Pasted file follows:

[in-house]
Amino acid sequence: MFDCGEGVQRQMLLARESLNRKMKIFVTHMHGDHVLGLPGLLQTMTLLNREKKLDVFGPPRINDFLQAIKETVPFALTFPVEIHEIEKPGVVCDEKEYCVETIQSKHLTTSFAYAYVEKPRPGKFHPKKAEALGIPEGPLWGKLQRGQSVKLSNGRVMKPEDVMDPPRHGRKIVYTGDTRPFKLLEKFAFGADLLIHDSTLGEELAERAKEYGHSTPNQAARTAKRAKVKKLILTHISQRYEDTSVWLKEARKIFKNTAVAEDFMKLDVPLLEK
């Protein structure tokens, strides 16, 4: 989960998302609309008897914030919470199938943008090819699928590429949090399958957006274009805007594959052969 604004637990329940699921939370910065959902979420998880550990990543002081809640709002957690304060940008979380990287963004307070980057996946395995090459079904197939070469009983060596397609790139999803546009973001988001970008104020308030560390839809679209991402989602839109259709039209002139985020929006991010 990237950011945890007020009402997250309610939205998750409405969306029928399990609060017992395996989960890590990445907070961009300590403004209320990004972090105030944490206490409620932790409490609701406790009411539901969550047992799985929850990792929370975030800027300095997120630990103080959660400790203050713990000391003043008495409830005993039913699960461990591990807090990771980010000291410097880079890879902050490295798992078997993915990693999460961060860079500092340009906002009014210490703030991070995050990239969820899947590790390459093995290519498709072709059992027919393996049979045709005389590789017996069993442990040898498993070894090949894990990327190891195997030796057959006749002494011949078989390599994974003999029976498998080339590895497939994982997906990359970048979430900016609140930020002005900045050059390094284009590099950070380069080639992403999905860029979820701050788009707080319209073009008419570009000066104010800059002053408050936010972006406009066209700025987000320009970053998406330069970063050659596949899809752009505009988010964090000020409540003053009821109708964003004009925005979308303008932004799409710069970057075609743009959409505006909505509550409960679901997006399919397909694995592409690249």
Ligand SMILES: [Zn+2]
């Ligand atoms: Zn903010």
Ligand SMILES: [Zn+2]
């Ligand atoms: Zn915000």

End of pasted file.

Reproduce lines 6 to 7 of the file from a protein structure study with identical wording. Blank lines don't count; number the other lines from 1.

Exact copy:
Ligand SMILES: [Zn+2]
């Ligand atoms: Zn915000």